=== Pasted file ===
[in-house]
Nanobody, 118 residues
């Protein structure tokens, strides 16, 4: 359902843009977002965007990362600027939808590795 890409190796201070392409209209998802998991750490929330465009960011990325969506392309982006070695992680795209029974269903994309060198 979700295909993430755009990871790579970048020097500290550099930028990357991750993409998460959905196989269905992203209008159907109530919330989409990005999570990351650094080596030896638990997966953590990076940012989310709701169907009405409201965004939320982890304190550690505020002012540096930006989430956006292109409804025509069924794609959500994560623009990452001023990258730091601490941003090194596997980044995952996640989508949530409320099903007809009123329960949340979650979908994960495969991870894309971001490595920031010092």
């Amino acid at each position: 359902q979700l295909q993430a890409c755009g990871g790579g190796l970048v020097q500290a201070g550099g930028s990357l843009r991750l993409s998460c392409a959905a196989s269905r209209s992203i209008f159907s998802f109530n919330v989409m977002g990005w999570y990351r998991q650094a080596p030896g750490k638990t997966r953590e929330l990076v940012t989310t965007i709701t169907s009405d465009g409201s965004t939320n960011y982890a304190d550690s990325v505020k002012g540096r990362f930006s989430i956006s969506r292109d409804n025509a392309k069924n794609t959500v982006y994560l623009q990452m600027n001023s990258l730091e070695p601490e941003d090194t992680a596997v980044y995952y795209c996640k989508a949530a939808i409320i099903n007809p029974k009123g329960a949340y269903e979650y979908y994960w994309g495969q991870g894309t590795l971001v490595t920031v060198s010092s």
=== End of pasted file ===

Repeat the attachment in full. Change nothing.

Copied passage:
[in-house]
Nanobody, 118 residues
């Protein structure tokens, strides 16, 4: 359902843009977002965007990362600027939808590795 890409190796201070392409209209998802998991750490929330465009960011990325969506392309982006070695992680795209029974269903994309060198 979700295909993430755009990871790579970048020097500290550099930028990357991750993409998460959905196989269905992203209008159907109530919330989409990005999570990351650094080596030896638990997966953590990076940012989310709701169907009405409201965004939320982890304190550690505020002012540096930006989430956006292109409804025509069924794609959500994560623009990452001023990258730091601490941003090194596997980044995952996640989508949530409320099903007809009123329960949340979650979908994960495969991870894309971001490595920031010092």
């Amino acid at each position: 359902q979700l295909q993430a890409c755009g990871g790579g190796l970048v020097q500290a201070g550099g930028s990357l843009r991750l993409s998460c392409a959905a196989s269905r209209s992203i209008f159907s998802f109530n919330v989409m977002g990005w999570y990351r998991q650094a080596p030896g750490k638990t997966r953590e929330l990076v940012t989310t965007i709701t169907s009405d465009g409201s965004t939320n960011y982890a304190d550690s990325v505020k002012g540096r990362f930006s989430i956006s969506r292109d409804n025509a392309k069924n794609t959500v982006y994560l623009q990452m600027n001023s990258l730091e070695p601490e941003d090194t992680a596997v980044y995952y795209c996640k989508a949530a939808i409320i099903n007809p029974k009123g329960a949340y269903e979650y979908y994960w994309g495969q991870g894309t590795l971001v490595t920031v060198s010092s």